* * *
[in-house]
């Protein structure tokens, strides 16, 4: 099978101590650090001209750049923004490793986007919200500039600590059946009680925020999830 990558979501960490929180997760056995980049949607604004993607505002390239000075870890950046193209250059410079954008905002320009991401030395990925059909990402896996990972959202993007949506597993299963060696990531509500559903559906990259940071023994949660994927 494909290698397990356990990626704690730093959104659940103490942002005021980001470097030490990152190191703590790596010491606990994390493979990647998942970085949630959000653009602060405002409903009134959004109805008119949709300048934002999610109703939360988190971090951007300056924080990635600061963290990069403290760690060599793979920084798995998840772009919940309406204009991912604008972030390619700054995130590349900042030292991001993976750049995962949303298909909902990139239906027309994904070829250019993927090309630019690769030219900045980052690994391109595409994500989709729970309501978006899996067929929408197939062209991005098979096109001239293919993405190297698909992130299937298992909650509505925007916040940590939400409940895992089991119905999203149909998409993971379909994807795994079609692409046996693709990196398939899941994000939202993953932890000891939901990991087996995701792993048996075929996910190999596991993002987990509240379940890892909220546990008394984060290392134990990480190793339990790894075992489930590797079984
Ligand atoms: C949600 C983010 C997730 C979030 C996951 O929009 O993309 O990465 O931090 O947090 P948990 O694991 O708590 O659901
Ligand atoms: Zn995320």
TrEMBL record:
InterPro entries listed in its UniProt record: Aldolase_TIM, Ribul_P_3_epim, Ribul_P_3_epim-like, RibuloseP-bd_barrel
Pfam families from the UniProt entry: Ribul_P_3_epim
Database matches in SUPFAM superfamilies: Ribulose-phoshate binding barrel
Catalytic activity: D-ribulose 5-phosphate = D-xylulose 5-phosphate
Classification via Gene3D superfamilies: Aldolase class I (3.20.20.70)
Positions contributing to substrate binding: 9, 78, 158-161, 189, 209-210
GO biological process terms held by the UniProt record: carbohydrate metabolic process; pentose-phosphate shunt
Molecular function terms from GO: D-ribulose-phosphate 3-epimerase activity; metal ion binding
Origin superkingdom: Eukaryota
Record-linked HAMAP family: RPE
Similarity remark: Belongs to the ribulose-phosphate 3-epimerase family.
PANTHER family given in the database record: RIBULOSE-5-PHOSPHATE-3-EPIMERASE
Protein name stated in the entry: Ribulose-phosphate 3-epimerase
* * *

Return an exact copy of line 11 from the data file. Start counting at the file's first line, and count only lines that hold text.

Positions contributing to substrate binding: 9, 78, 158-161, 189, 209-210